their respect for the outgoing executive members, President Seema
Pai and Vice President John Naheedy.
"It's been an amazing time and we've had really amazing lead-
ership," outgoing LSA Counsel Marisa Shetlar said.
"The most important thing I got out of this was the people
involved," Naheedy said. "I feel like I left my mark on the Uni-
Orandi and Reese said they were proud to continue the work
started this year. "We have got some mighty big shoes to fill," Oran-
di said. "There are a lot of things I foresee this government doing."
Orandi emphasized the end of partisan divisions now that elec-
tions are over. "These elections are the most competitive I've ever
n but nowu; nam rtv line are gone" Orandi said "Party affiliations


Students' abuse of
prescrptions grows

Michigan Student Assembly President Hideki Tsutsuml accepts the gavel from outgoing
president Bram Elias during the MSA meeting in the Michigan Union last night.
MS Achangesitgur

By Caitlin Nish
Daily Staff Reporter
Marijuana, ecstasy, cocaine. When
students are asked to name popular
drugs on college campuses, these are
the standard answers. But in a trend
growing among college students,
Ritalin, Vicadin and other prescrip-
tion drugs are becoming common
Throughout the past few years,
student misuse of prescription drugs
has become an increasing problem,
prompting several universities to
investigate illicit prescription drug
use on their campuses.
The death of a Josh Doroff, a
senior at Trinity College in Con-
necticut, last week after he and his
roommates apparently mixed alco-
hol, prescription anti-anxiety drugs,
sleeping pills and a migraine med-
ication has served to highlight the
They may have also been using

Dexedrine. No one had a good idea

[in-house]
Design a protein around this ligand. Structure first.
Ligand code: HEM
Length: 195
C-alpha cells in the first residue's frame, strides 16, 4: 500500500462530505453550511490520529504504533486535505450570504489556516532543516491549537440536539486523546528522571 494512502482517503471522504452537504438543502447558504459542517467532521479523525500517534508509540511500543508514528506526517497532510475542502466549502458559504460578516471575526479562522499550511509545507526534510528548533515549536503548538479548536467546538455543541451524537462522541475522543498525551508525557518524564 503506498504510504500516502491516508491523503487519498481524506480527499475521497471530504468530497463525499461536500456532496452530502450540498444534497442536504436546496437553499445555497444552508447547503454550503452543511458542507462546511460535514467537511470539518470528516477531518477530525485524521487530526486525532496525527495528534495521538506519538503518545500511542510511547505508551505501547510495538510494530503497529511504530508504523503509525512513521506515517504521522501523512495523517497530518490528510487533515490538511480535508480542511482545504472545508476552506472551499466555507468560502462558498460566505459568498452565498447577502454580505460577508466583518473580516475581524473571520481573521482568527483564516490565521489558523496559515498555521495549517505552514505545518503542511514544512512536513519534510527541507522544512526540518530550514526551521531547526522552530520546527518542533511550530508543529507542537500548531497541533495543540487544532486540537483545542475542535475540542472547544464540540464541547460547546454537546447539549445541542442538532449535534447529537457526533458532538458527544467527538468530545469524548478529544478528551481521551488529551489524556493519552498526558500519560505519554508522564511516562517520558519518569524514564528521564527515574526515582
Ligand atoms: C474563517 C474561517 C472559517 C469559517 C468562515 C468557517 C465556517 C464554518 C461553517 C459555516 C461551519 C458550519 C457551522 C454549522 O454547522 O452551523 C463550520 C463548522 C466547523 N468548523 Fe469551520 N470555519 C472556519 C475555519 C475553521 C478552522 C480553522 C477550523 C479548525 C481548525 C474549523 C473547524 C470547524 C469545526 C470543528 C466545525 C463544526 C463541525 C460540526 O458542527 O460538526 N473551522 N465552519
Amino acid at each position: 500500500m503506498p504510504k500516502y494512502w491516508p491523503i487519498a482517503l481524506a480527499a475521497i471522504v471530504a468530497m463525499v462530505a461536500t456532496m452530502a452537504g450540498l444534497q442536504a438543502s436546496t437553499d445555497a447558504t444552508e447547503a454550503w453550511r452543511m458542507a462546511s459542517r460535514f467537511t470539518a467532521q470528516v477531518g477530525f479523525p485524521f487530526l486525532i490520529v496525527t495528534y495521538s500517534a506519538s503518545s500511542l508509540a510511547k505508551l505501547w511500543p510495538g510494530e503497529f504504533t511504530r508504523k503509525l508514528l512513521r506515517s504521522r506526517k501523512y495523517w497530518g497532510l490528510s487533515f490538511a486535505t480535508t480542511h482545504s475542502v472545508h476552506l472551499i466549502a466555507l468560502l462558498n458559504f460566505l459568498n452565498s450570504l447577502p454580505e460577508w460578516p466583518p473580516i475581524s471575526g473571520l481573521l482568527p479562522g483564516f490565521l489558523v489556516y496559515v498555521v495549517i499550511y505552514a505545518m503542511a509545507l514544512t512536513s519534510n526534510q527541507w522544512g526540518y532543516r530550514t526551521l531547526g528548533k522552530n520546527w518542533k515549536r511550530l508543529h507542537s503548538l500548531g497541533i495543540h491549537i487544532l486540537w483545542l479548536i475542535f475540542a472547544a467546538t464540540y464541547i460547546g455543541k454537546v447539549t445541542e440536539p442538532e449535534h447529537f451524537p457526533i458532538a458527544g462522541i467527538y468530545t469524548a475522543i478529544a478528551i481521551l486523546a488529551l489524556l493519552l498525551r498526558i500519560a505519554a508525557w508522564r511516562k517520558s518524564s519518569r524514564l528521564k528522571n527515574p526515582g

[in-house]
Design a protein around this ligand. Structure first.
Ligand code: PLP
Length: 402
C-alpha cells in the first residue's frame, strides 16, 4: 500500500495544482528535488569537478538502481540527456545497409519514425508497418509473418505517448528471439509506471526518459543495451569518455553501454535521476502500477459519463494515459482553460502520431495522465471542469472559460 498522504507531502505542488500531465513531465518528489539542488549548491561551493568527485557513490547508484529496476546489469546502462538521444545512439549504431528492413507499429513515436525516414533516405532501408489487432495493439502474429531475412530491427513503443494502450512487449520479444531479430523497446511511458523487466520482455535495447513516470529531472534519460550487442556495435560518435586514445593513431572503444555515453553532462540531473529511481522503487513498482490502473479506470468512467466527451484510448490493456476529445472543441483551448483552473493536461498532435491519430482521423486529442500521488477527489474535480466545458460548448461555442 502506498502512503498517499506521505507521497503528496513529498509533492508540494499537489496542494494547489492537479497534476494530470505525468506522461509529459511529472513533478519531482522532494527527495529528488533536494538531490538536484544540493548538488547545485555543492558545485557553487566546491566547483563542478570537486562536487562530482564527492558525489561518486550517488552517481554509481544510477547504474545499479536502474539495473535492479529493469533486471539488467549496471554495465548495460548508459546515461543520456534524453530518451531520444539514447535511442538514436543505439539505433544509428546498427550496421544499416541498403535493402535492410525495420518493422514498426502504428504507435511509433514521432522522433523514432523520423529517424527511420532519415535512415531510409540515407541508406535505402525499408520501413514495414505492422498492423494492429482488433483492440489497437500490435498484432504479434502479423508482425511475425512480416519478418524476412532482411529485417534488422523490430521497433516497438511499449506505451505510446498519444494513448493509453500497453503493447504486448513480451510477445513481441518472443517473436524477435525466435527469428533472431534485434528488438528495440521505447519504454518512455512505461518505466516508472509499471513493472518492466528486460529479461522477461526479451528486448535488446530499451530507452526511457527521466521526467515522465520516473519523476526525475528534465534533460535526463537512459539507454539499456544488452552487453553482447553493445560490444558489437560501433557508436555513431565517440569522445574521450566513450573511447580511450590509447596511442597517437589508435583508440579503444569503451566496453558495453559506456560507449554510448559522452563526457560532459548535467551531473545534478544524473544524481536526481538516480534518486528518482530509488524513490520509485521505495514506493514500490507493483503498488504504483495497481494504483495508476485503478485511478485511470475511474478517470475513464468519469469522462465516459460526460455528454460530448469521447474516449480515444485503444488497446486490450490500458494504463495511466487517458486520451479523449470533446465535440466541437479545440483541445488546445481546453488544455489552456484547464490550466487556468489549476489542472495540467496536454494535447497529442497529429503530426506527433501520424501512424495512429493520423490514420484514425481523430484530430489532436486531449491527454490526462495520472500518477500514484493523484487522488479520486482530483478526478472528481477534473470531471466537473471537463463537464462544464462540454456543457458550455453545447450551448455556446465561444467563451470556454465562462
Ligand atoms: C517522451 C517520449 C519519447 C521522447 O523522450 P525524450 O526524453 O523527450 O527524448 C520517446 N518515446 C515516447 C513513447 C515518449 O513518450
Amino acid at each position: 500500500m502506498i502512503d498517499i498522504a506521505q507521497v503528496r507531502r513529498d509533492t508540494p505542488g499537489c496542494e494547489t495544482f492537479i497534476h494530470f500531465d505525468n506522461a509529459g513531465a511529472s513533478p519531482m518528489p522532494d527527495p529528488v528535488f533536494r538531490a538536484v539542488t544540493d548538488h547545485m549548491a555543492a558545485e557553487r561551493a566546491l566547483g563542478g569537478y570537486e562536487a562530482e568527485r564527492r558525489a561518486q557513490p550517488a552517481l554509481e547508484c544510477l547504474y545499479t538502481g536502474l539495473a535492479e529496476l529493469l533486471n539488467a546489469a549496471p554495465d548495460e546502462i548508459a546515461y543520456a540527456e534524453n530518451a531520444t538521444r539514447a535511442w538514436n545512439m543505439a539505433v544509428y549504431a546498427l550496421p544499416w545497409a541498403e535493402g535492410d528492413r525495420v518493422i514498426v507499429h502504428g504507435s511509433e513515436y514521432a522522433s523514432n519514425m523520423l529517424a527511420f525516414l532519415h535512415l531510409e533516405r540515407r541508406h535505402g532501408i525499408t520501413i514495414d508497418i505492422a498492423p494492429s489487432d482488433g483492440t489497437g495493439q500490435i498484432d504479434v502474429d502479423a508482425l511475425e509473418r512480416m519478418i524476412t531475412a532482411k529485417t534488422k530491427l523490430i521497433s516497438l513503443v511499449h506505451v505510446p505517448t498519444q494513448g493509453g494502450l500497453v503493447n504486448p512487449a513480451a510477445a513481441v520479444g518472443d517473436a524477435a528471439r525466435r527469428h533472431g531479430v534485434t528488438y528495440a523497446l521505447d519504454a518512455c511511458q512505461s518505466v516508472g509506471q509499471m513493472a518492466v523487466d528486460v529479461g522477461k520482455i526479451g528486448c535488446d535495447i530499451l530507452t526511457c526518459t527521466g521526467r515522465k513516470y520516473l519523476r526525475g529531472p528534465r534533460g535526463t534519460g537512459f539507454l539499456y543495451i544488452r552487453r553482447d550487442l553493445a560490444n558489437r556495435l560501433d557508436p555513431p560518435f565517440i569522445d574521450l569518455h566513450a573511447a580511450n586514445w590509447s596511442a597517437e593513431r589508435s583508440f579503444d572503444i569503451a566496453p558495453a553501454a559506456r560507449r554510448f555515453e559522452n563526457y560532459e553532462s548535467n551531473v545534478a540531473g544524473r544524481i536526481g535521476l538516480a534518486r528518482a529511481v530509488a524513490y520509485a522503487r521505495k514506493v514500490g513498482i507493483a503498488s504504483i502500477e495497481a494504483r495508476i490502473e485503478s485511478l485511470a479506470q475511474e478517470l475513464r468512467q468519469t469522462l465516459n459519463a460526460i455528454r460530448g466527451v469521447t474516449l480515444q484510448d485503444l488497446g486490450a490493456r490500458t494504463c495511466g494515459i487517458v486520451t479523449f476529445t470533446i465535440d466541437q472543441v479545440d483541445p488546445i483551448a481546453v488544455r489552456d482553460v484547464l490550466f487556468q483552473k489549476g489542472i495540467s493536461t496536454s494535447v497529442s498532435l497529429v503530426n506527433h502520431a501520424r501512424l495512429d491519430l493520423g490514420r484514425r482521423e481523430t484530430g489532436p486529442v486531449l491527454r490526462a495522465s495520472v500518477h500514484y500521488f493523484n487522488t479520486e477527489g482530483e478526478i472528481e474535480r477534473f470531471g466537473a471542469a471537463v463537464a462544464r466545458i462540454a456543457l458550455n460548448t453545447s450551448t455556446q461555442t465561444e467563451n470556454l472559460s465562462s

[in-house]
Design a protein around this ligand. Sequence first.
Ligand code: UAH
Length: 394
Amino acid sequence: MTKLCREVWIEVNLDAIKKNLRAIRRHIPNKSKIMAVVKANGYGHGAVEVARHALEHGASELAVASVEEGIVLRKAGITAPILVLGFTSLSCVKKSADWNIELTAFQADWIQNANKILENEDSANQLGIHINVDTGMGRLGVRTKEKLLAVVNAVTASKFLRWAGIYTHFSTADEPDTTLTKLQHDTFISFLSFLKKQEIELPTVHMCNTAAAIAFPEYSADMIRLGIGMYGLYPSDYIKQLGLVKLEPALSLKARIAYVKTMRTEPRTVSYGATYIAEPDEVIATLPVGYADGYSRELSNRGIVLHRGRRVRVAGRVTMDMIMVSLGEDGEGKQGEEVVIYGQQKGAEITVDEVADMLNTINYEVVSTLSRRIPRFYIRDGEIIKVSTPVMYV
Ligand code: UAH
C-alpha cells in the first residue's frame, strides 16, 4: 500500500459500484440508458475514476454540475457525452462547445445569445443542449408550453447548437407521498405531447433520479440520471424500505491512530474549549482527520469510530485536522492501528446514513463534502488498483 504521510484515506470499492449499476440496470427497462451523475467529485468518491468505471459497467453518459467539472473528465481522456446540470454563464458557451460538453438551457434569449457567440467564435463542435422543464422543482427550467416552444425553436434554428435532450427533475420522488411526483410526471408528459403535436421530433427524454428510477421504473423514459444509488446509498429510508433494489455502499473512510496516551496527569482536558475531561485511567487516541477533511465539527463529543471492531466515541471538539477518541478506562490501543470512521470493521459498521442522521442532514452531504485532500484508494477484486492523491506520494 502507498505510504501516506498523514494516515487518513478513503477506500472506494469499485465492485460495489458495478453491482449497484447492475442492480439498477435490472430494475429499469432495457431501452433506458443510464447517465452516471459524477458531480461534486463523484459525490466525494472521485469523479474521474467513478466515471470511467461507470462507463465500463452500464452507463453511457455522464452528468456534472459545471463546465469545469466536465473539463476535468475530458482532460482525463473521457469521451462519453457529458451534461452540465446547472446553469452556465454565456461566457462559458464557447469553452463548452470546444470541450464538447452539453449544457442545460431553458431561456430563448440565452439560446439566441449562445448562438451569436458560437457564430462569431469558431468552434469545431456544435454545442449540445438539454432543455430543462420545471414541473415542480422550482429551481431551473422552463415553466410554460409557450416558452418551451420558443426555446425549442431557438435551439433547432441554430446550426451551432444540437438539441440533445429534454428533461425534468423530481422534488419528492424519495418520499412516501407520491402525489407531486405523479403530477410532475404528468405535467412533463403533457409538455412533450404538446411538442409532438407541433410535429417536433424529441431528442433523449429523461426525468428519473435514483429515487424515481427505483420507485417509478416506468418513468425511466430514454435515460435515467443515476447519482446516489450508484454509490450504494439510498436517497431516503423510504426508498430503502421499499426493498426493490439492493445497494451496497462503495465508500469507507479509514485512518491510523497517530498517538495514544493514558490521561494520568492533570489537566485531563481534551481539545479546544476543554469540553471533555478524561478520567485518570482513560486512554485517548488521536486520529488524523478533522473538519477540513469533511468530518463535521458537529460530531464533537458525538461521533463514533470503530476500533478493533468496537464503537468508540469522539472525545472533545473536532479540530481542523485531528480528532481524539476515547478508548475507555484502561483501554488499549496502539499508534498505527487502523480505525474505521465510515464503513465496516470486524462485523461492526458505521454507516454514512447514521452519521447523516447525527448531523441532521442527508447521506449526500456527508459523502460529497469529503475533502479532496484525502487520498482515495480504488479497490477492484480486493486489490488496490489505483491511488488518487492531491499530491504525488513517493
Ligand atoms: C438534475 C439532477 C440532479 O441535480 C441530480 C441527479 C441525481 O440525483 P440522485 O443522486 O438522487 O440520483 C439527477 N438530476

about it and we decided we had to
find out about it," said Eric Heili-
genstein, clinical director of psy-
chiatry at the University Health
Service at Madison.
"We basically started hearing
rumors from students that other stu-
dents were asking for their medica-
tions. There were reports of other
students having used the medication as
a study aid or intranasally, crushing it
and snorting it," he said.
Heiligenstein found that more than
20 percent of the students surveyed
had taken a prescription drug for non-
medical purposes at one time in their
While Heiligenstein said he thinks
Madison is representative of most col-
lege campuses, the University's
Department of Public Safety stated
that they have no reports that indicate
a pattern of abuse of prescription
Many medical professionals said
they believe the use of prescription
drugs in an illicit manner is the result

By Lisa Koivu
Daily Staff Reporter
The Michigan Student Assembly meet-
ing last night in the Michigan Union was
filled with tears as some members of the
assembly relinquished their seats in the

for the new officers began.
Disqualified members of the Wolverine
Party attended the meeting, asking the
assembly to postpone the induction of the
new members for one week so they could
have more students sign a petition stating
that "those candidates who were selected